Next year Watson will match wits with flesh-and-blood contestants, among them perhaps 74-time champ Ken Jennings, without human help or an Internet connection. Victory will take mental agility greater than that of IBM chess champ Deep Blue, which could form strategy but not on-the-fly analysis. Watson evolved out of IBM’s DeepQA research on natural-language processing, a means of digitally parsing the information in human communication. “Jeopardy is a great way to hone this technology,” says David Ferrucci, the project leader on DeepQA.
Ferrucci envisions using Watson as a diagnostic tool for tech support and health care, or anything else that involves complex questions, such as science labs, where problems are often Jeopardy-like. “ ‘This chemical can react with potassium bicarbonate and...’ ” Ferrucci trails off, awaiting the day when Watson chimes in with the answer.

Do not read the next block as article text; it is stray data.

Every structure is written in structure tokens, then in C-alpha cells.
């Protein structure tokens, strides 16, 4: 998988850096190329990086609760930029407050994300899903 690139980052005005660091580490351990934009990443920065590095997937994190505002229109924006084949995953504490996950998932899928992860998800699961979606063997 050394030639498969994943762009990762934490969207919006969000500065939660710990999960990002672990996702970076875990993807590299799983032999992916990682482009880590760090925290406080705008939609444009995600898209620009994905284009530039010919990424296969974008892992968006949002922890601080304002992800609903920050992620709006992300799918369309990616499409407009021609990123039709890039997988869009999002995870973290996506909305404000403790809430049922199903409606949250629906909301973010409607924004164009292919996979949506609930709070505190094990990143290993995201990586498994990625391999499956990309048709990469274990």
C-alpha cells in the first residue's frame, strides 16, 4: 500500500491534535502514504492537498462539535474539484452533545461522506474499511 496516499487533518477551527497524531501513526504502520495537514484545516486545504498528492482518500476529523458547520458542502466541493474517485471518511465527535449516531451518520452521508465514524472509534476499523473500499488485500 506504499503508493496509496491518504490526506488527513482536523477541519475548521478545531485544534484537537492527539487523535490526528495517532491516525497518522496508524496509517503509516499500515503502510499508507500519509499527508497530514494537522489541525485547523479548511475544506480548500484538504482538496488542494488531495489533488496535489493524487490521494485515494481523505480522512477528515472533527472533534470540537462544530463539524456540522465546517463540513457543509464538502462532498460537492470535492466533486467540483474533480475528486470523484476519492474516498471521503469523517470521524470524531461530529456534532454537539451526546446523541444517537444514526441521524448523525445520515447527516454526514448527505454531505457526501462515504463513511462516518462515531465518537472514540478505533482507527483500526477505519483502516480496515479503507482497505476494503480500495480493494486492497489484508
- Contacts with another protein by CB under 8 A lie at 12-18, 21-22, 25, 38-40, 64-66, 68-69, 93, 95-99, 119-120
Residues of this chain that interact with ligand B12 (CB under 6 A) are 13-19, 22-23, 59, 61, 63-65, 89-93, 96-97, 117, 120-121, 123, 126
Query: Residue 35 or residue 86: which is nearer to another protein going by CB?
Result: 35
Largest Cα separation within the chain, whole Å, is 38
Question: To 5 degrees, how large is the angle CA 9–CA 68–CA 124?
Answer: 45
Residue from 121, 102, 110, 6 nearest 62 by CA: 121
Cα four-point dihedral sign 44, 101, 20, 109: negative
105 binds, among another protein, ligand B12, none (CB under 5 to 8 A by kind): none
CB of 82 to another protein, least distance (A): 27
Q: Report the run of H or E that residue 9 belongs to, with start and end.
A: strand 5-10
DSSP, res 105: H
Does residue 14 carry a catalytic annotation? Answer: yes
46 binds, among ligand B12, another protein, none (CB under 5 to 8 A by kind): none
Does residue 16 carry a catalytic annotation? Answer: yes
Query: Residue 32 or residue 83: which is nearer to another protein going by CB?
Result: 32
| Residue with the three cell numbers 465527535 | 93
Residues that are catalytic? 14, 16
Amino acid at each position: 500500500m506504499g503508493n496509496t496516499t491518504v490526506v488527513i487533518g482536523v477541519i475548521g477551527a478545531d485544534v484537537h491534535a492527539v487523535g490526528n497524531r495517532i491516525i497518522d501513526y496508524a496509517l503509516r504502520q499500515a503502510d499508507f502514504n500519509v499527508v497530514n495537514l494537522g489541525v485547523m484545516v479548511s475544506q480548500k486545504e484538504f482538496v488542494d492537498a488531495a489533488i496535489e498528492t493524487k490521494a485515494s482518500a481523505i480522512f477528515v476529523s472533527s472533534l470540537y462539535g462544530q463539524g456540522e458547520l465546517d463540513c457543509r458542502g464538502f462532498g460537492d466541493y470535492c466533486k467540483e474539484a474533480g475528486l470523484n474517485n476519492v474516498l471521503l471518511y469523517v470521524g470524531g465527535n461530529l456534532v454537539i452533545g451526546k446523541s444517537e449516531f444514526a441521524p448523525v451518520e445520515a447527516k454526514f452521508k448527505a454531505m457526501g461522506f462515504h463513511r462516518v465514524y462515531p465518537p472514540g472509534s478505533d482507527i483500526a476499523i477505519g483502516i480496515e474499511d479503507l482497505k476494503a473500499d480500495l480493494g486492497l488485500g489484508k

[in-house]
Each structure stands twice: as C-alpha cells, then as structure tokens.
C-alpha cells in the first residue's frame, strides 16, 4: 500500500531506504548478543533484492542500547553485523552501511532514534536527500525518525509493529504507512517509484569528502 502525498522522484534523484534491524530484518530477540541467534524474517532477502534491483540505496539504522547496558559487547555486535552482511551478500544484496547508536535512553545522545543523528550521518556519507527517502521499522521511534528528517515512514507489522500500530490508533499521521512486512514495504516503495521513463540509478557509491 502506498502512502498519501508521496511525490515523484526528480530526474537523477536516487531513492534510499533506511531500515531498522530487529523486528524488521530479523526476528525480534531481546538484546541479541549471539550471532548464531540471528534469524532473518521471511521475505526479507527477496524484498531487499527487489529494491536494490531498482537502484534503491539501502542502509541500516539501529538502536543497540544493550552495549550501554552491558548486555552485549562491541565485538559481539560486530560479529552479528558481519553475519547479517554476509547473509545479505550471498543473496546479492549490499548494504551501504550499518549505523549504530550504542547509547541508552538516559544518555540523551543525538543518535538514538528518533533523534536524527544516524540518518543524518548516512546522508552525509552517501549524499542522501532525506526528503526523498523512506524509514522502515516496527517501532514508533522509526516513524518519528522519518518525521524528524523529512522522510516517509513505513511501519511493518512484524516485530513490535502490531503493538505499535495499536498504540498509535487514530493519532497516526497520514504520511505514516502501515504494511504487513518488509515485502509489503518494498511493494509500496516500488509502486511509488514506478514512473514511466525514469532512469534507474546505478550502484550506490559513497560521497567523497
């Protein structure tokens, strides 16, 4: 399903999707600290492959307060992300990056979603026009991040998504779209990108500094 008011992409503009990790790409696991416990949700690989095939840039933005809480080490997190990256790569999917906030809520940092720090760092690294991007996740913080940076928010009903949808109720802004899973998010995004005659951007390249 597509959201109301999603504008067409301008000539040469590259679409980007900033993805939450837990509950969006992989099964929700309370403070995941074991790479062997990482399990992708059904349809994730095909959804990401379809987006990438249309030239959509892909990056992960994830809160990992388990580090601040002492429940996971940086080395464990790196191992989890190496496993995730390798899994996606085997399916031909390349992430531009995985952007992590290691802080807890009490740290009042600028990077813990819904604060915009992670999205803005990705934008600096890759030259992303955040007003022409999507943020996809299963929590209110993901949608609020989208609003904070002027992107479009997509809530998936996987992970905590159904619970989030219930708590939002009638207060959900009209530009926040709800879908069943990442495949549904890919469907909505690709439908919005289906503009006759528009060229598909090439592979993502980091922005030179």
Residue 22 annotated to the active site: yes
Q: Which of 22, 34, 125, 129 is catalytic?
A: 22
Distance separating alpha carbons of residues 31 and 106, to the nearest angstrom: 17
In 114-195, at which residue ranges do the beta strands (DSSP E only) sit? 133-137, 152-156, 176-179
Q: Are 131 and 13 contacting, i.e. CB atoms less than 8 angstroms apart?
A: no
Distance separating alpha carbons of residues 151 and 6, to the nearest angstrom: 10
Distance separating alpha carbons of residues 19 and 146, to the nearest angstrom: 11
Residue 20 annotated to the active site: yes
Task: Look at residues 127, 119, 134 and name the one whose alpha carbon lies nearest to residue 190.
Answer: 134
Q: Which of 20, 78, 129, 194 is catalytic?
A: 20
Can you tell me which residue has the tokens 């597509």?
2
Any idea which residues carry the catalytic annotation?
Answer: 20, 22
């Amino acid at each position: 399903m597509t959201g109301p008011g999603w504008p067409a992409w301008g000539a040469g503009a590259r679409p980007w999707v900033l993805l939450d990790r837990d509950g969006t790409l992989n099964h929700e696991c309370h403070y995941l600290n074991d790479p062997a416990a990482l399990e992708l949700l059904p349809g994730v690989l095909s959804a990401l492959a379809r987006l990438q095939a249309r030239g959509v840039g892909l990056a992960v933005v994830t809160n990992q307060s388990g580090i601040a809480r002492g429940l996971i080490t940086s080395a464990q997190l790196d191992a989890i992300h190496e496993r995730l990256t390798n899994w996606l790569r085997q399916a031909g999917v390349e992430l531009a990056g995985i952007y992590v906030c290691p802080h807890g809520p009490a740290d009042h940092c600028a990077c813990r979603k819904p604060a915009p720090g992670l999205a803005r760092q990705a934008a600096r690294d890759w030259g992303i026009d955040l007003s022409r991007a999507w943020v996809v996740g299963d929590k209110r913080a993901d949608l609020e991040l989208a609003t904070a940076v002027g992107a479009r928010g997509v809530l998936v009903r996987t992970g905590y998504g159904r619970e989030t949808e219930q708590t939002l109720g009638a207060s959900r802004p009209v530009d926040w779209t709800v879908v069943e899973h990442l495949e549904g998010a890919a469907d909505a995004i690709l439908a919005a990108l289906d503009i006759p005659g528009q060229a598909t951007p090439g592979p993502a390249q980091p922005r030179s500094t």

Five amazing, clean technologies that will set us free, in this month's energy-focused issue. Also: how to build a better bomb detector, the robotic toys that are raising your children, a human catapult, the world's smallest arcade, and much more.